How To Listen To Pre-Delay




In this week’s excerpt, which is from "How To Listen: Reverb Edition," Fab Dupont talks about the pre-delay parameter in reverb plug-ins. He explains that pre-delay was developed in the early days of digital reverb to compensate for hardware units that didn’t have enough processing power to create authentic-sounding early reflections.

Before going further, let’s quickly review the way reverb works in the natural world, which is what reverb processors simulate. Here’s an example: You’re in a large room, and drop coin onto the cement floor. The first thing to reach your ears is the direct sound of the coin hitting.

Next, you hear the early reflections of that sound, from the waves hitting the various room surfaces and bouncing back to your ear. There are so many reflections occurring so close together, that you perceive them as one sound, even though it’s actually many bouncing sound waves arriving at slightly different times. The larger the room, the longer it takes for the early reflections to reach your ears. The early reflections also give your ears information as to the direction the sound is coming from and how far away it is. Then you hear the rest of the reflections and the decay of the reverb, which is referred to as the reverb tail.

Fig 1

The direct sound, early reflections and reverb tail are the three main components of reverb. Waves TrueVerb is a plug-in that provides separate level controls for each of them - (circled).


Let's return to what Fab was saying in the video. Because the early digital reverb units were so underpowered, somebody came up with the idea that delaying the onset of the reverb could help create the illusion of a larger space where it takes longer for those early reflections to arrive. This made it possible to simulate a longer reverb when working with limited DSP power.

According to Fab, it’s debatable how useful that workaround is. However, he points out that you can use pre-delay for another purpose, to create some space between the direct and reverberated sound on whatever source you’re using it for. He demonstrates this with a vocal track and shows how you can move the bloom of the reverb so it doesn’t push up against the singer’s voice as much.

By adding the pre-delay, Fab is allowing the direct sound of the vocal to pop through a little before the reverb starts, which can make it stand out more, especially in a crowded mix.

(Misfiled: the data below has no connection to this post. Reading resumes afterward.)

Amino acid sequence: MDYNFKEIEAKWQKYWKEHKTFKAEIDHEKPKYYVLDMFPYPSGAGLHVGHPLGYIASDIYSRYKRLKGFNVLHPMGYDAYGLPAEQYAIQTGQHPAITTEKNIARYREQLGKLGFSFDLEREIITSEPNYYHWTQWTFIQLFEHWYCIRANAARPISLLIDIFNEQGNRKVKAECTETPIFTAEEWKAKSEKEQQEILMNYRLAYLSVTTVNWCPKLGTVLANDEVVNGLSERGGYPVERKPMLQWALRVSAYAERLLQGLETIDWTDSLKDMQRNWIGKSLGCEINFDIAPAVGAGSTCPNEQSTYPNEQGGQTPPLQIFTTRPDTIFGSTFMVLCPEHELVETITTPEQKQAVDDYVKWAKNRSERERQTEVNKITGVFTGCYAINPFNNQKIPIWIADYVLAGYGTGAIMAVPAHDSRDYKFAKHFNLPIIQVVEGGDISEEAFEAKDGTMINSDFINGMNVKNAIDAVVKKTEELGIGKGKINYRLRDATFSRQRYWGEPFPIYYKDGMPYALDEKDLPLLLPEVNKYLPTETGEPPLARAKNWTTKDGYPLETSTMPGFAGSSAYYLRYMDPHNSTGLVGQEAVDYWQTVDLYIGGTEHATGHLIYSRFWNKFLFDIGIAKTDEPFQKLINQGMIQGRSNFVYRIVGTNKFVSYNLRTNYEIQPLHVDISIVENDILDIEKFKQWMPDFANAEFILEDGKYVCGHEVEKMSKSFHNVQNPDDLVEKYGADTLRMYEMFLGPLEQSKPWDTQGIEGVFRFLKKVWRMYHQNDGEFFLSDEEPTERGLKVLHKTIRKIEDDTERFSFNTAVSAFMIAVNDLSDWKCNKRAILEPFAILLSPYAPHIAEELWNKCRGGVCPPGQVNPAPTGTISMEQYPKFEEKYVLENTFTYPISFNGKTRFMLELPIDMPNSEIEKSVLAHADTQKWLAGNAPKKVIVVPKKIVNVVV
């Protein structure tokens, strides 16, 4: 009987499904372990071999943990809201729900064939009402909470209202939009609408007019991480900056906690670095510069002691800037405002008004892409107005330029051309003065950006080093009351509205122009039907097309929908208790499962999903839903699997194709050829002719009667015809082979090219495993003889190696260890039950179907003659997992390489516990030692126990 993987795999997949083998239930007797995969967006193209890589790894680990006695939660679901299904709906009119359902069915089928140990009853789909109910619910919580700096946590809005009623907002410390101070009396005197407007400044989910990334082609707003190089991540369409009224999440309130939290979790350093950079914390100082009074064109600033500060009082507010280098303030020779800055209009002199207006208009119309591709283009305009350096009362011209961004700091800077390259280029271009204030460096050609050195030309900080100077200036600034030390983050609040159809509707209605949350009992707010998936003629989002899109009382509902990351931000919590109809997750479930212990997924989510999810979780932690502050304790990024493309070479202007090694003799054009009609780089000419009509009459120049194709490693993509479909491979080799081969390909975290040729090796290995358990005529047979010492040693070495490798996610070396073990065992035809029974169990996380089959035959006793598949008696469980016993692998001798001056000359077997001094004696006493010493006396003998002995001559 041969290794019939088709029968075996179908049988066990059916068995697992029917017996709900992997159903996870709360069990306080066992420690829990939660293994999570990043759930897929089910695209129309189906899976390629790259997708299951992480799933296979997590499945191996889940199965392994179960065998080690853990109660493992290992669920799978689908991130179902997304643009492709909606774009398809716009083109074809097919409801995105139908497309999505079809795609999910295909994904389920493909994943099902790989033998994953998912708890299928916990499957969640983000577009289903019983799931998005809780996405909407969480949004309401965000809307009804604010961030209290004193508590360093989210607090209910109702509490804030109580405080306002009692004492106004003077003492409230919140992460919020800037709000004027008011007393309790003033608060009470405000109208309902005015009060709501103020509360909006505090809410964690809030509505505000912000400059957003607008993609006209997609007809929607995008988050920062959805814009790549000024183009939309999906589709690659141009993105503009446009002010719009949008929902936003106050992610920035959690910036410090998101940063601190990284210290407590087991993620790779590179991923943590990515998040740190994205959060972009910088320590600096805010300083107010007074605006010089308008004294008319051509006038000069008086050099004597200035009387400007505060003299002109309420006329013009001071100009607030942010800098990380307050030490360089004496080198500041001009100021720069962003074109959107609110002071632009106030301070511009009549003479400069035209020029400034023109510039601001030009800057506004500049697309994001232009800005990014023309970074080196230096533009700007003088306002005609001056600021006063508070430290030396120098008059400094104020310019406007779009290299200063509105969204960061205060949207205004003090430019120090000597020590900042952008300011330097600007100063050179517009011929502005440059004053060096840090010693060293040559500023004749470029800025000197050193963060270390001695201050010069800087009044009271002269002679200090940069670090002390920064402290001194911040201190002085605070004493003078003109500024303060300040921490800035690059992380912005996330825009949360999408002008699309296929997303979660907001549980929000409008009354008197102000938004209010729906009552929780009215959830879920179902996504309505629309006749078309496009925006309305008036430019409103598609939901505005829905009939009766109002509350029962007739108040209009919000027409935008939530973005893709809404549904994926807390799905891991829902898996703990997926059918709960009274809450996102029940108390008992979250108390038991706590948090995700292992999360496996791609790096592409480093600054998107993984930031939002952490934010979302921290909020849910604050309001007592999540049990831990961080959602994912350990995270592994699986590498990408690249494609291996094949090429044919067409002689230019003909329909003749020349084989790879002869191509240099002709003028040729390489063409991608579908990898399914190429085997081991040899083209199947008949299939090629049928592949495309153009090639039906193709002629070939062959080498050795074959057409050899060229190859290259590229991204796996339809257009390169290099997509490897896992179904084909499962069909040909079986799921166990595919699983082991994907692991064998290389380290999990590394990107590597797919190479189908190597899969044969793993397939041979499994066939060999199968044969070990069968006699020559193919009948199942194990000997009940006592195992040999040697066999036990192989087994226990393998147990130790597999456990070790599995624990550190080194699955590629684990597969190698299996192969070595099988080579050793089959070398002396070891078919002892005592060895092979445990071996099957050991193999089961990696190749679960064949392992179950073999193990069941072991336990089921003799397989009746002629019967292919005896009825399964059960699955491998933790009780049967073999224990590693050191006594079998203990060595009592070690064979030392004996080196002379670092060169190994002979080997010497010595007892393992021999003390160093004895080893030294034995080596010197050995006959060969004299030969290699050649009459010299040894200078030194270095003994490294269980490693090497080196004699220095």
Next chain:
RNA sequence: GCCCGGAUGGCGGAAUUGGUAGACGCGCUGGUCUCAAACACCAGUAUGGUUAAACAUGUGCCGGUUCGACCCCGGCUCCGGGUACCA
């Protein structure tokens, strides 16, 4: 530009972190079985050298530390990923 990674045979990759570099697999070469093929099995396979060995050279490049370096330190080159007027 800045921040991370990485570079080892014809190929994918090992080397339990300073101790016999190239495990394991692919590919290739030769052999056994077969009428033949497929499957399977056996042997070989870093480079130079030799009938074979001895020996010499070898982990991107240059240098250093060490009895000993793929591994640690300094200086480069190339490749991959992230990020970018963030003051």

Fab says he doesn’t use pre-delay a whole lot in his work, but he hears it a lot on records because many mixers who were around during the early days of digital got used to mixing with pre-delay. In Fab’s opinion, unless you’re trying to recreate that old-style-digital-reverb effect, it’s probably not necessary to add pre-delay.


Reverb plug-ins can come with a pretty wide range of adjustable parameters, but the selection differs widely from one product to the next. All have some form of the basics such as wet/dry mix and reverb time (aka decay time or RT60), most have pre-delay and some EQ or other frequency control options (for example the Input Filter and EQ section on the EMT 140). Beyond that, however, you get a lot of variation.

Fig 2

Eventide’s Ultra-Reverb is an example of a reverb plug-in with a lot of additional effects built in. It offers modulation, EQ, compression, delay and a Lo-Fi option.

Diffusion is a parameter that you see fairly often, although it’s far from ubiquitous. It controls the density of the reverb reflections. Higher diffusion settings create a thicker reverb where the reflections are more numerous and thus sound more homogenized. Lower settings have fewer reflections and accentuate the individual ones more.

Example 1: Here’s a drum kit with the snare routed through an aux send into Rob Papen’s RP-Verb with a reverb time of 1.4 seconds. For the first two measures, the Diffusion parameter is at its lowest setting; for the second two, at its highest. No other parameters change. Notice the difference in the density of the reverb.

Example 2: To better hear the impact of the diffusion, here’s the same example, except you’re not hearing any direct snare, just the reverb return by itself. No other parameters changed. You can clearly hear the difference the higher diffusion setting makes.


Some reverbs offer ancillary effects such as delay, modulation or distortion to modify the reverb sound further. But even if your reverb plug-in doesn’t provide such extras, and you’re using it on an aux return rather than as a direct track insert, you can add additional effects after it on the aux return to create some cool textures.

One way to add a subtle sheen to the vocal is to add some distortion or saturation to the reverb. The direct part of the vocal remains clean, and only the reverberated part gets affected. If you dial it in judiciously, it adds subtle saturation to the overall vocal sound. If the distortion plug-in has a mix control, experiment with different settings to vary the effect.

Fig 3

A distortion or saturation plug-in, such as Soundtoys Decapitator, can be inserted after a reverb on an aux send as shown here (circled), so it will only process the reverberated signal.

Example 3: Here’s a section of a soloed vocal track. First, you hear it with just reverb (Valhalla DSP’s Valhalla Plate), and when it repeats, with Soundtoys Decapitator on the aux send after the reverb.


Especially for electronic music, rock, and styles where you’re not trying to make everything sound organic, adding effects to your reverb opens up some pretty cool sonic options. Try it on some of your tracks. If nothing else, it’s a lot of fun to experiment with.

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